Contact lenses: The surprising ways they may actually be damaging your eyes

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Your Contact Lenses Could Soon 'Talk' to You About your Health

I have had contacts since I was about 13 years old. I've cleaned them, cleaned their case, and remembered to replace them as often as suggested.

But apparently, that's not enough.

There are so many things that you might not be told, or might not remember, that are horrible for your eyes if you're wearing contacts.

I was in complete shock when I found out about some of these dos and don'ts, and I definitely have to change some of my habits.

From where you wear them, to what you clean them with, there are some guidelines that might not be so apparent when trying to be a clean and healthy lens wearer.

While all of this germ talk may be making you want to wear your glasses more often, these tips are extremely easy to follow and can make a huge difference for your eyes!

Scroll through below to see how to be a safer, cleaner contact lens wearer yourself:

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Contact Lenses: The Surprising Way They May Actually Be Damaging Your Eyes
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Contact Lenses: The Surprising Way They May Actually Be Damaging Your Eyes

1. Swimming and showering with contacts is a no-no

There are so many little microorganisms in water, you never even know what you’re swimming into. If you’re in a pool or any body of water, there have been so many people there that germs and organisms can swim into your eye. And because you have contacts, you are at greater risk for infection.

Even in a shower, these microorganisms can latch onto your contact lenses, stay, and grow without you ever knowing! Then, one day, you might find yourself with an eye infection and wonder why.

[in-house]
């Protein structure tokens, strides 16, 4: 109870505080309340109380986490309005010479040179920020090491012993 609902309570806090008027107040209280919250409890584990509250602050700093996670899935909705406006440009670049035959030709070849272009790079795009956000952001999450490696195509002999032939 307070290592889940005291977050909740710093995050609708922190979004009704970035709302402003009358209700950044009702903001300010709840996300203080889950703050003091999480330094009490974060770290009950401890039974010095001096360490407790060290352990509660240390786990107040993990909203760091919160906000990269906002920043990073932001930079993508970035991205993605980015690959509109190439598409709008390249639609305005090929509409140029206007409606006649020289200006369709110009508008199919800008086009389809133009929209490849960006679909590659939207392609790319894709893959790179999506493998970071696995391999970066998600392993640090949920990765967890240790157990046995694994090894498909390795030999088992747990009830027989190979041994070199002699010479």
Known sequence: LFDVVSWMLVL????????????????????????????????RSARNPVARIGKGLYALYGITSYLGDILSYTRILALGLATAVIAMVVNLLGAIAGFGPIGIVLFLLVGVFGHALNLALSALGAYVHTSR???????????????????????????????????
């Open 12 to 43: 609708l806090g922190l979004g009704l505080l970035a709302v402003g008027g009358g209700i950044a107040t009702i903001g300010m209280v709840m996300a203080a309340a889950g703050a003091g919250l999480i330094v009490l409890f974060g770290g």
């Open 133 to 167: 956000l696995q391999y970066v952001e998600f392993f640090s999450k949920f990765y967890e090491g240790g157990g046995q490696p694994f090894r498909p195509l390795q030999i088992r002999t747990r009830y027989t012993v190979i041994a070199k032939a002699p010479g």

2. UV protective contacts don’t actually protect you from UV light

Excessive UV light can actually cause your infections, too. Especially if you’re not wearing protective eye wear,on top of your lenses.

Some lenses claim that they are UV protective, but really, they’re not enough to stop the damage.

100 percent UV-blocking sunglasses are the safest bet.

3. You’re probably not cleaning them efficiently

I know we’d all like to think that we clean them enough.

But apparently, cleaning and storing them every night with a saline solution is definitely not enough. Bacteria grows in the dark place of a contact lens case, so you need to go the extra mile to ensure your eye’s safety. Here is the best process to follow for successfully clean lens wearing:

1. Wash your hands, and dry them thoroughly.

2. Take out, then disinfect your lenses.

3. Then, rinse them with solution.

4. Fill case with fresh solution, and close them up inside the case.

When putting them back in? Repeat this process, putting them in your eye instead of the case.

4. Cleaning just your lenses isn’t enough

 It’s also important to remember these three things.

Cleaning your contact lens case is just as important as cleaning the lenses themselves. You should clean it with hot water and soap, then let it dry opened faceup.

Replacing your case every 2 to 3 months is just as necessary as replacing your toothbrush.

And wearing glasses to give your eyes a break is just like taking a day off of work or exercise after a long span of time.

5. You NEED to use certain solution

Using saline solution is basically just distilled water, and distilled water is not a useful cleaning agent. It can reshape and damage your lenses!

If you’re thinking of making your own solution, remember how many germs are likely to fall into the mix.

The best solution for your lenses will include a binding agent, preservative, buffer, and wetting agent of some kind.

6. Sleeping with them is NEVER good

Even if your lenses are extended wear, that never means that you should sleep with them in. Extended wear when you’re eyes are open and active during the day is completely different.

When you sleep with them in, you’re reducing the oxygen that gets to your eyes.

That will not only increase infection risk, but will also be pushing your lenses onto your eye creating a bind!

7. Touching your eyes throughout the day can cause infection

 Your hands have germs like you cannot imagine. If you touch your eyes or face, those germs can make their way under your lens.

If they’re trapped under there, you can easily get a painful eye infection.

8. You Can Get Keratitis Or Worse Without Taking Proper Care Of Them

Keratitis is the most common of all of the contact lens infections. It’s an inflammation of your cornea which can damage layers of your eye, causing pain, blurred vision, and sometimes even blindness.

Worse than that? An amoeba, an acanthamoeba being the worst case. They live in lakes, tap water, fresh water, soil, and many other common places we find ourselves. So, if we don’t clean and use our lenses correctly, these amoebae can continue to live and grow in our eyes.

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